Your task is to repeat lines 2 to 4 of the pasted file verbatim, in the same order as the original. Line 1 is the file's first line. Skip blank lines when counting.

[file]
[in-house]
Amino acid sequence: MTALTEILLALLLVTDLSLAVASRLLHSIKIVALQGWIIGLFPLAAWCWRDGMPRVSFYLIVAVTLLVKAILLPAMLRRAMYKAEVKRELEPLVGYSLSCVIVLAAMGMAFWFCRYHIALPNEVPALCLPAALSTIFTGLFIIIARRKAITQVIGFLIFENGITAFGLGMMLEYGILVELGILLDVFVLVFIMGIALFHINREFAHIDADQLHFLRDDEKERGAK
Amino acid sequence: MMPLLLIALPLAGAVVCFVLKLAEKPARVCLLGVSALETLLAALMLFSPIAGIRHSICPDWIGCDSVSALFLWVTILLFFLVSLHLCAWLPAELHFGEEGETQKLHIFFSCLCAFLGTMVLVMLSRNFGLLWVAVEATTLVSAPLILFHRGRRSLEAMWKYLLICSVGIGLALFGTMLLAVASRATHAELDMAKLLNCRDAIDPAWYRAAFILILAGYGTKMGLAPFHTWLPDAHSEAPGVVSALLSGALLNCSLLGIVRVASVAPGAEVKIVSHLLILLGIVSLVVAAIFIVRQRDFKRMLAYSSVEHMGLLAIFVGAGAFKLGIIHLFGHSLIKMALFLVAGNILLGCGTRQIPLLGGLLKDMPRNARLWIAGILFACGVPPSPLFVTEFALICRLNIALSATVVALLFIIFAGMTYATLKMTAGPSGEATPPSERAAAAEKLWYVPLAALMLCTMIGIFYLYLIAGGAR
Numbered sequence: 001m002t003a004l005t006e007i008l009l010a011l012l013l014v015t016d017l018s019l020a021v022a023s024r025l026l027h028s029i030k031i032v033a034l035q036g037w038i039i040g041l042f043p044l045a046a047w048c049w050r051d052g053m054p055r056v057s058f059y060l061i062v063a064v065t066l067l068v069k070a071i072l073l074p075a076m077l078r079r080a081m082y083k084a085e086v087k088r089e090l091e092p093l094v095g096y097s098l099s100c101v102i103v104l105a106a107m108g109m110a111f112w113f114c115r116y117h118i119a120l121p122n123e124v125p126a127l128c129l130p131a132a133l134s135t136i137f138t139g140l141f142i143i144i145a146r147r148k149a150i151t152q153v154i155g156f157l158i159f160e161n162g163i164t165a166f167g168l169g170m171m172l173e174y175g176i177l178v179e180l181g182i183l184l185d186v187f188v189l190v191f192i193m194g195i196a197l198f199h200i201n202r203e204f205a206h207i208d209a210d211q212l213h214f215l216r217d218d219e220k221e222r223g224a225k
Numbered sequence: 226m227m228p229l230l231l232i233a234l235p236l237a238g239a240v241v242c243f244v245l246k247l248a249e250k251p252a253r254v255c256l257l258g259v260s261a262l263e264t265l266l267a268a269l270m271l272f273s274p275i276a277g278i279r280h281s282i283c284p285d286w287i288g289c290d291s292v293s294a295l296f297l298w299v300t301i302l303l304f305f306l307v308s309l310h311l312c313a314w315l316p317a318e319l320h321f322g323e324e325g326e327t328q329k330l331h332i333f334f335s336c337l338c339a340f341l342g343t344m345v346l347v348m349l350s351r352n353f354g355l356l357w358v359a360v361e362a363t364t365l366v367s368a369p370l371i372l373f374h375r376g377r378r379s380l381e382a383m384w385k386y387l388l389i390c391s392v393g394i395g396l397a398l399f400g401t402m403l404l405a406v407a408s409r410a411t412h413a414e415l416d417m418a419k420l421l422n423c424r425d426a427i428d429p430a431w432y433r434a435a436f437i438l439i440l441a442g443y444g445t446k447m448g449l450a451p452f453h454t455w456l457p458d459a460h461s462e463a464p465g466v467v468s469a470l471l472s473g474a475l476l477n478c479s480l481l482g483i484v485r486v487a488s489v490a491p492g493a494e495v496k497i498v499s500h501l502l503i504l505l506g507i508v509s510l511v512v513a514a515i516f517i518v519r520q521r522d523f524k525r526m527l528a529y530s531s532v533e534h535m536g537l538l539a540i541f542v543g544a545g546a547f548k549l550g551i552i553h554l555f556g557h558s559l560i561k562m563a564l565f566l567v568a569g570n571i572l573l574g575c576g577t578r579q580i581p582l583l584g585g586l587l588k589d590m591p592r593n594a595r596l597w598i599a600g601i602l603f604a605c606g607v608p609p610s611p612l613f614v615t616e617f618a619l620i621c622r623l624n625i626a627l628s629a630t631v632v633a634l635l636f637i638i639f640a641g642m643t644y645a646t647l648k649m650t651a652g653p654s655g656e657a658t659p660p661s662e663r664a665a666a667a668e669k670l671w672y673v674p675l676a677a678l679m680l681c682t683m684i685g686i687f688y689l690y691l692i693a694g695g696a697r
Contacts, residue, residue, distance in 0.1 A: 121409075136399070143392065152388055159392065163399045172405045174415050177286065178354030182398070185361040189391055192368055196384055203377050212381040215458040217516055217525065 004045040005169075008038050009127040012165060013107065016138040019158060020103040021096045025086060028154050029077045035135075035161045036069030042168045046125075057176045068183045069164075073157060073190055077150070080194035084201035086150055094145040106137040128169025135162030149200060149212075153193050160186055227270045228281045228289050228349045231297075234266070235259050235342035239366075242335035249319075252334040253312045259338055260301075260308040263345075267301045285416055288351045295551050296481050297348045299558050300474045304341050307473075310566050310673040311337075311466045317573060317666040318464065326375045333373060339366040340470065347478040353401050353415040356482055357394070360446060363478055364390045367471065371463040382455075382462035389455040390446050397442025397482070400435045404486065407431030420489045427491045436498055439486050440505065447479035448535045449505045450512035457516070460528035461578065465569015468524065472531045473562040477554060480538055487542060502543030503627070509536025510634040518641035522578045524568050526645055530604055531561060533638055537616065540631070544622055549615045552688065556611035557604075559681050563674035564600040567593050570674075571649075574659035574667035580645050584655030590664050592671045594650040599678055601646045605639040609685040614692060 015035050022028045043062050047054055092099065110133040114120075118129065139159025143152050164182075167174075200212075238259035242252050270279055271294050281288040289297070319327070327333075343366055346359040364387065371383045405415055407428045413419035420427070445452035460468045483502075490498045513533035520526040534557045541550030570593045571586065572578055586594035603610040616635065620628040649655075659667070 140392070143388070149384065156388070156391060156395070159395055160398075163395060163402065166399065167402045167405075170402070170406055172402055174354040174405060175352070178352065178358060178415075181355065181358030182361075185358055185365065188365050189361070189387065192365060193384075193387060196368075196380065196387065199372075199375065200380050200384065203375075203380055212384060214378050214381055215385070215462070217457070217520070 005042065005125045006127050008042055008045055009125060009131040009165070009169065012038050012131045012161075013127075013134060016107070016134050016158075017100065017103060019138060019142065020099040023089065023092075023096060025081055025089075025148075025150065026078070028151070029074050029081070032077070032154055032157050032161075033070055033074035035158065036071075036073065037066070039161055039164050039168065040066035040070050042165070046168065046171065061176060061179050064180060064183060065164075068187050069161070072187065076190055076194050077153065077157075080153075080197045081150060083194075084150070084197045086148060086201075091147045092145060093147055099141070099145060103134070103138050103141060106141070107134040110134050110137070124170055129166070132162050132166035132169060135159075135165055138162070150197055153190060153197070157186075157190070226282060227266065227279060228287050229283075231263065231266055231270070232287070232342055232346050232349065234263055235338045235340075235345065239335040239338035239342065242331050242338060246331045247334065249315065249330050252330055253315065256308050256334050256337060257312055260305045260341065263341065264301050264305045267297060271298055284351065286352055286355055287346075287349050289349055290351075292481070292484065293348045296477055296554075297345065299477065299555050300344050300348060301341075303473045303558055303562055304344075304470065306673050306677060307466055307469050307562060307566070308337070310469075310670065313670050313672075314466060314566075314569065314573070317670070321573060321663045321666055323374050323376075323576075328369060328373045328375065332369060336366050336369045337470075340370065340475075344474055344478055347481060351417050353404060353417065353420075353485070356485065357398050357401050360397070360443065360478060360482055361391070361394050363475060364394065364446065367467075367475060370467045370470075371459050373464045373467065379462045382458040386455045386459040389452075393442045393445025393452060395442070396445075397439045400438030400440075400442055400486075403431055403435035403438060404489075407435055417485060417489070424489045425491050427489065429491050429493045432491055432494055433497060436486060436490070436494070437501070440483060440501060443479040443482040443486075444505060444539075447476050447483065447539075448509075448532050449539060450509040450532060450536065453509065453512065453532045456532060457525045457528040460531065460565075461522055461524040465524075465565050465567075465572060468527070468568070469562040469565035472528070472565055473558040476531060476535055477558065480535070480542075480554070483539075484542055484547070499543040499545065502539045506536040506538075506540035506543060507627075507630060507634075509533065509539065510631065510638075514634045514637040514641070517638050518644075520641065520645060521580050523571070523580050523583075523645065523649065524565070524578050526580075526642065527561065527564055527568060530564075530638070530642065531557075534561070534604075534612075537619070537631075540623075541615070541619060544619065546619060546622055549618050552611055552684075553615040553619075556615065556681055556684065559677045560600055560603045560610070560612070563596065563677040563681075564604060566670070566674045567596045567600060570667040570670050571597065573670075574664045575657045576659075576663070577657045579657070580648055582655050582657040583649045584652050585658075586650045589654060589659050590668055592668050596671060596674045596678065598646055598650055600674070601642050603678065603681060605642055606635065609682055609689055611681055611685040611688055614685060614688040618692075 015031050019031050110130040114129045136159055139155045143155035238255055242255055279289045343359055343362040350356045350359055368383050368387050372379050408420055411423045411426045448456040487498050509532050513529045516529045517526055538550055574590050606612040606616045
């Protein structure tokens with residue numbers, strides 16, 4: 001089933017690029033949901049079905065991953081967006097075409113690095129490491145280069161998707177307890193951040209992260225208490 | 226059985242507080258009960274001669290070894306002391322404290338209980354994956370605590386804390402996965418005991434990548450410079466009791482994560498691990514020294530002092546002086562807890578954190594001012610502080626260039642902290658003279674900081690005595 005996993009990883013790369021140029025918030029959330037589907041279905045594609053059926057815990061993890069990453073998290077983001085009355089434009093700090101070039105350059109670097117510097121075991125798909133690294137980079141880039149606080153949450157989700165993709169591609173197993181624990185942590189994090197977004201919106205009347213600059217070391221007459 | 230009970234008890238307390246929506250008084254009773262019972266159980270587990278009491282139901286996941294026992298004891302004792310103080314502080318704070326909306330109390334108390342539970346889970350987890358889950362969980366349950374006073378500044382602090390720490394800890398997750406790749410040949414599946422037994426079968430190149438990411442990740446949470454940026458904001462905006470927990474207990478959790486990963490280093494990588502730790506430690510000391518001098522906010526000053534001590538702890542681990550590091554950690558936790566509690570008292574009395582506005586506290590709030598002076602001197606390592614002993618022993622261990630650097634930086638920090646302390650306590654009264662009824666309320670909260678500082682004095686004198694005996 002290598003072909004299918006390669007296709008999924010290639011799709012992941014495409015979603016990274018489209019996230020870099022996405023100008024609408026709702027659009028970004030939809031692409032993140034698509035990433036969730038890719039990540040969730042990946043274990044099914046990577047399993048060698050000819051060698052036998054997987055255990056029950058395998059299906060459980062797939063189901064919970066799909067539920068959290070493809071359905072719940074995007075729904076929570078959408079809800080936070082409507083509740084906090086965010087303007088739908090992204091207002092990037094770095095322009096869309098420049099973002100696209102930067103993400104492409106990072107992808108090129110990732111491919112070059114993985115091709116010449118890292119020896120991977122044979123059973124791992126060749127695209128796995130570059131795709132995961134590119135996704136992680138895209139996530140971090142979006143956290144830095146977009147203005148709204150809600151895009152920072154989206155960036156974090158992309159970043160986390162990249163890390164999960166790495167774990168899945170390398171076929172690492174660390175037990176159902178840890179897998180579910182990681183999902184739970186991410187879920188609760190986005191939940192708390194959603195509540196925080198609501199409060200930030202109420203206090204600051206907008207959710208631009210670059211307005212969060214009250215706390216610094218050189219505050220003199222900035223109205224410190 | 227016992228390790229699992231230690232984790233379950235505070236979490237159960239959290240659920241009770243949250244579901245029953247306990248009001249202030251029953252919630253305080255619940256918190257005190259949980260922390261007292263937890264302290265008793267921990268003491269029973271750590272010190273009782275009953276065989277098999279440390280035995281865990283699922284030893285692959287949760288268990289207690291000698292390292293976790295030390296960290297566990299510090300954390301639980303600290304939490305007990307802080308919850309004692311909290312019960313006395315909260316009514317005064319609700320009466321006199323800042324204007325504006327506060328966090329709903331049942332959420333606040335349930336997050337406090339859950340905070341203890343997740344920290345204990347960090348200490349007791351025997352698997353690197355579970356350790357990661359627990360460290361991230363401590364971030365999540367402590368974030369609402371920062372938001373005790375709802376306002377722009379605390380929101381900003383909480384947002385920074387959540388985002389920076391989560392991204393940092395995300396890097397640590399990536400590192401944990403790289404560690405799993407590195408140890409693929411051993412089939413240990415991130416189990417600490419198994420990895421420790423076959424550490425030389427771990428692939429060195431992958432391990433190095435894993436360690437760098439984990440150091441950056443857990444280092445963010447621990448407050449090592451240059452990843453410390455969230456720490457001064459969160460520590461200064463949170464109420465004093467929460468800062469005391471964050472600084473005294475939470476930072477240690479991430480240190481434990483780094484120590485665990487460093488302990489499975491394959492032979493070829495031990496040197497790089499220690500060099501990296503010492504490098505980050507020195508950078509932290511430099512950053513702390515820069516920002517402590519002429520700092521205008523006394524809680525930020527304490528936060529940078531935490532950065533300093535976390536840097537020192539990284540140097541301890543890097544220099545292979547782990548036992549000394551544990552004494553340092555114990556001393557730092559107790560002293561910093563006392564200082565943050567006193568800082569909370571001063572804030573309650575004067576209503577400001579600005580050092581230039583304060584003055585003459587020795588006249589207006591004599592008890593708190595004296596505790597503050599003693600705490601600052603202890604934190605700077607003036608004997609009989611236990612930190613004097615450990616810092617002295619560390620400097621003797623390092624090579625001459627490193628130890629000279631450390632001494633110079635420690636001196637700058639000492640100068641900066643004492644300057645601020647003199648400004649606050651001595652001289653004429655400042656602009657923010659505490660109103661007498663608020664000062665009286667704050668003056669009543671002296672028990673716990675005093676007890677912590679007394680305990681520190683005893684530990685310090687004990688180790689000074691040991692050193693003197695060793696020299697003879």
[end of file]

Amino acid sequence: MTALTEILLALLLVTDLSLAVASRLLHSIKIVALQGWIIGLFPLAAWCWRDGMPRVSFYLIVAVTLLVKAILLPAMLRRAMYKAEVKRELEPLVGYSLSCVIVLAAMGMAFWFCRYHIALPNEVPALCLPAALSTIFTGLFIIIARRKAITQVIGFLIFENGITAFGLGMMLEYGILVELGILLDVFVLVFIMGIALFHINREFAHIDADQLHFLRDDEKERGAK
Amino acid sequence: MMPLLLIALPLAGAVVCFVLKLAEKPARVCLLGVSALETLLAALMLFSPIAGIRHSICPDWIGCDSVSALFLWVTILLFFLVSLHLCAWLPAELHFGEEGETQKLHIFFSCLCAFLGTMVLVMLSRNFGLLWVAVEATTLVSAPLILFHRGRRSLEAMWKYLLICSVGIGLALFGTMLLAVASRATHAELDMAKLLNCRDAIDPAWYRAAFILILAGYGTKMGLAPFHTWLPDAHSEAPGVVSALLSGALLNCSLLGIVRVASVAPGAEVKIVSHLLILLGIVSLVVAAIFIVRQRDFKRMLAYSSVEHMGLLAIFVGAGAFKLGIIHLFGHSLIKMALFLVAGNILLGCGTRQIPLLGGLLKDMPRNARLWIAGILFACGVPPSPLFVTEFALICRLNIALSATVVALLFIIFAGMTYATLKMTAGPSGEATPPSERAAAAEKLWYVPLAALMLCTMIGIFYLYLIAGGAR
Numbered sequence: 001m002t003a004l005t006e007i008l009l010a011l012l013l014v015t016d017l018s019l020a021v022a023s024r025l026l027h028s029i030k031i032v033a034l035q036g037w038i039i040g041l042f043p044l045a046a047w048c049w050r051d052g053m054p055r056v057s058f059y060l061i062v063a064v065t066l067l068v069k070a071i072l073l074p075a076m077l078r079r080a081m082y083k084a085e086v087k088r089e090l091e092p093l094v095g096y097s098l099s100c101v102i103v104l105a106a107m108g109m110a111f112w113f114c115r116y117h118i119a120l121p122n123e124v125p126a127l128c129l130p131a132a133l134s135t136i137f138t139g140l141f142i143i144i145a146r147r148k149a150i151t152q153v154i155g156f157l158i159f160e161n162g163i164t165a166f167g168l169g170m171m172l173e174y175g176i177l178v179e180l181g182i183l184l185d186v187f188v189l190v191f192i193m194g195i196a197l198f199h200i201n202r203e204f205a206h207i208d209a210d211q212l213h214f215l216r217d218d219e220k221e222r223g224a225k